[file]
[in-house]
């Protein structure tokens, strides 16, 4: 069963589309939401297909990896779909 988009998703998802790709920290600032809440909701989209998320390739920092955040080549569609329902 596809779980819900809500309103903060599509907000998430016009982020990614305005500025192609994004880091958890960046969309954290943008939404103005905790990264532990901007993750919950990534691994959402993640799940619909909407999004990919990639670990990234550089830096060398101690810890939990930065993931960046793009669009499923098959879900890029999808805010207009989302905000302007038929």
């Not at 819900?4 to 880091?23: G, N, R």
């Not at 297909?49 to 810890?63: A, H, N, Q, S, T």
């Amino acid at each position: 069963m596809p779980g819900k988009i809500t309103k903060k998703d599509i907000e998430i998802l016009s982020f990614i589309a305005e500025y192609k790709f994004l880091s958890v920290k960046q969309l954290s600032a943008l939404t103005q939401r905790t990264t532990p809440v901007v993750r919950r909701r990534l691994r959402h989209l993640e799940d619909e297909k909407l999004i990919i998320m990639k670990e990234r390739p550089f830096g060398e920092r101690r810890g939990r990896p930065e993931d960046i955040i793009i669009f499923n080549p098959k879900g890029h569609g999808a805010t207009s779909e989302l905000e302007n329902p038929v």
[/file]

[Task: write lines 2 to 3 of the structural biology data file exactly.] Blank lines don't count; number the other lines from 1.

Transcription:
């Protein structure tokens, strides 16, 4: 069963589309939401297909990896779909 988009998703998802790709920290600032809440909701989209998320390739920092955040080549569609329902 596809779980819900809500309103903060599509907000998430016009982020990614305005500025192609994004880091958890960046969309954290943008939404103005905790990264532990901007993750919950990534691994959402993640799940619909909407999004990919990639670990990234550089830096060398101690810890939990930065993931960046793009669009499923098959879900890029999808805010207009989302905000302007038929």
């Not at 819900?4 to 880091?23: G, N, R």